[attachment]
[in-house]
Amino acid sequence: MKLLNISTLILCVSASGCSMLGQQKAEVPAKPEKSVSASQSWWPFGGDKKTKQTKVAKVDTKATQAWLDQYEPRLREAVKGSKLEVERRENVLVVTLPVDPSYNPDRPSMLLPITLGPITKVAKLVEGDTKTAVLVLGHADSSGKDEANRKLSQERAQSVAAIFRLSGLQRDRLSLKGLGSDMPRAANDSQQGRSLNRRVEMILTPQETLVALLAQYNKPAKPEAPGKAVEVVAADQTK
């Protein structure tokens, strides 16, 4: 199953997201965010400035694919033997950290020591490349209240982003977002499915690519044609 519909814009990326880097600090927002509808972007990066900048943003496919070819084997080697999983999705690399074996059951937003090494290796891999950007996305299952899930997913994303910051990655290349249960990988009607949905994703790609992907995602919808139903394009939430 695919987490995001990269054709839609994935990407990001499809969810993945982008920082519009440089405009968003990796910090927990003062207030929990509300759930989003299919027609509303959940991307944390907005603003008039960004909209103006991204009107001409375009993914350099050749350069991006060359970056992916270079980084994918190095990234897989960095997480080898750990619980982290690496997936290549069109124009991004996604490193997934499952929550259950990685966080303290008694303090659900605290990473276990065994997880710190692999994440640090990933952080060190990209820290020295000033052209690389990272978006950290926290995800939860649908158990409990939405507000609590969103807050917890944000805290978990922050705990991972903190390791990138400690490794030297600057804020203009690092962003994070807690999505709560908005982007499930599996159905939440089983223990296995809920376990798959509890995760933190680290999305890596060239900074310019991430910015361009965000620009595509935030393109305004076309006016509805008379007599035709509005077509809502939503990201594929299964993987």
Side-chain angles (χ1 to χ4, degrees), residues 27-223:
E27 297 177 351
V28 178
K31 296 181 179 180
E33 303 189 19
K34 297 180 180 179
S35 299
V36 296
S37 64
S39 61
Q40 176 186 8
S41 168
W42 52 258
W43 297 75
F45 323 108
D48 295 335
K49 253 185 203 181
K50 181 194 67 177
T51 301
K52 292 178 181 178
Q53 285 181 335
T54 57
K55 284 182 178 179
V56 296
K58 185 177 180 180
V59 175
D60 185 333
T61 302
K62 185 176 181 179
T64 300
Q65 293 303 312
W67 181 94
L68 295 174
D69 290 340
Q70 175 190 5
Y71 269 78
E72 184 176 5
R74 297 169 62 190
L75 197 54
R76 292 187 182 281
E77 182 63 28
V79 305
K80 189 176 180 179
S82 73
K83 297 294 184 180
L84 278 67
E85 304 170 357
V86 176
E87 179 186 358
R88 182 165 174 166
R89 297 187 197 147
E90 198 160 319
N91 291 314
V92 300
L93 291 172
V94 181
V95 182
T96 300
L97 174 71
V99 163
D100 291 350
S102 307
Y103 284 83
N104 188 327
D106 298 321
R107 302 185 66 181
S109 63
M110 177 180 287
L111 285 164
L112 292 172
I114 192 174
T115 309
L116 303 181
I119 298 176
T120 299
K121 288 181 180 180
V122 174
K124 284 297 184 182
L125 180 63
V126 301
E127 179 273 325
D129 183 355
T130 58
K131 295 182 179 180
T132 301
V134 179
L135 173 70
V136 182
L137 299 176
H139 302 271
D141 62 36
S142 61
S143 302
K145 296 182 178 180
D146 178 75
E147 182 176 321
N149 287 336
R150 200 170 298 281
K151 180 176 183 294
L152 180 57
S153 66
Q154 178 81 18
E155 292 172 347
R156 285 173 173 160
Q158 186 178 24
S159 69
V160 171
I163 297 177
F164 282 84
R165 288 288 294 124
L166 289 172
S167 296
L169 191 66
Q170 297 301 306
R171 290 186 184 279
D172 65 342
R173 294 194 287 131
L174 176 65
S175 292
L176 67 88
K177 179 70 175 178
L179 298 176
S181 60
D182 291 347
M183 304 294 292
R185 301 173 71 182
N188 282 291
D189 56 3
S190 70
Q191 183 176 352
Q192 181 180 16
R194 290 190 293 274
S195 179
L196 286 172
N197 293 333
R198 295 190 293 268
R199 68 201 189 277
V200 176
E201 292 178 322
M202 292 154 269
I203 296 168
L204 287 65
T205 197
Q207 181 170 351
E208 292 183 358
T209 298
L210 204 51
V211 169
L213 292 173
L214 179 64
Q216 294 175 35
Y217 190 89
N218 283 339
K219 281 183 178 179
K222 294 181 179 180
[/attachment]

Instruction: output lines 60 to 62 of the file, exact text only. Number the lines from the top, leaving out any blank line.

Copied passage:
V95 182
T96 300
L97 174 71